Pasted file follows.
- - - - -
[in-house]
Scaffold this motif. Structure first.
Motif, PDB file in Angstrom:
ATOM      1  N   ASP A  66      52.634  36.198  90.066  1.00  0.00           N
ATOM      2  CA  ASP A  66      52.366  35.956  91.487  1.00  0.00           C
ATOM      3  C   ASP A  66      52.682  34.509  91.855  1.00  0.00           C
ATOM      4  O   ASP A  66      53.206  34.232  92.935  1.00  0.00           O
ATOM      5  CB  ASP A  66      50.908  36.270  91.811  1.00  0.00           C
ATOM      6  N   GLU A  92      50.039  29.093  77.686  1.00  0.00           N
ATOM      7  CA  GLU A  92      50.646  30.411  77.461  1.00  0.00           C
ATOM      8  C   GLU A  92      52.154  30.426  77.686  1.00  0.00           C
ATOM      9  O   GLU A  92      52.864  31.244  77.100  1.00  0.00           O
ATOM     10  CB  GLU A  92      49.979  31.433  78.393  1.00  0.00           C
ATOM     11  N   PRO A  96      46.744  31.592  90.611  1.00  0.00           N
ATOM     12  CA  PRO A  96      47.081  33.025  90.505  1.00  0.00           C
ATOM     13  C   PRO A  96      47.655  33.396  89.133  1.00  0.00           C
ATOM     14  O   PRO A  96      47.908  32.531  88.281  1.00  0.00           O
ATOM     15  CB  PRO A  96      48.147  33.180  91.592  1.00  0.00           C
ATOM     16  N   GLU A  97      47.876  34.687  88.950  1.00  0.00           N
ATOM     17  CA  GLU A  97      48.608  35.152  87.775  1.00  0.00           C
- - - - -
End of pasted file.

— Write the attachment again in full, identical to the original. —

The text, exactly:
[in-house]
Scaffold this motif. Structure first.
Motif, PDB file in Angstrom:
ATOM      1  N   ASP A  66      52.634  36.198  90.066  1.00  0.00           N
ATOM      2  CA  ASP A  66      52.366  35.956  91.487  1.00  0.00           C
ATOM      3  C   ASP A  66      52.682  34.509  91.855  1.00  0.00           C
ATOM      4  O   ASP A  66      53.206  34.232  92.935  1.00  0.00           O
ATOM      5  CB  ASP A  66      50.908  36.270  91.811  1.00  0.00           C
ATOM      6  N   GLU A  92      50.039  29.093  77.686  1.00  0.00           N
ATOM      7  CA  GLU A  92      50.646  30.411  77.461  1.00  0.00           C
ATOM      8  C   GLU A  92      52.154  30.426  77.686  1.00  0.00           C
ATOM      9  O   GLU A  92      52.864  31.244  77.100  1.00  0.00           O
ATOM     10  CB  GLU A  92      49.979  31.433  78.393  1.00  0.00           C
ATOM     11  N   PRO A  96      46.744  31.592  90.611  1.00  0.00           N
ATOM     12  CA  PRO A  96      47.081  33.025  90.505  1.00  0.00           C
ATOM     13  C   PRO A  96      47.655  33.396  89.133  1.00  0.00           C
ATOM     14  O   PRO A  96      47.908  32.531  88.281  1.00  0.00           O
ATOM     15  CB  PRO A  96      48.147  33.180  91.592  1.00  0.00           C
ATOM     16  N   GLU A  97      47.876  34.687  88.950  1.00  0.00           N
ATOM     17  CA  GLU A  97      48.608  35.152  87.775  1.00  0.00           C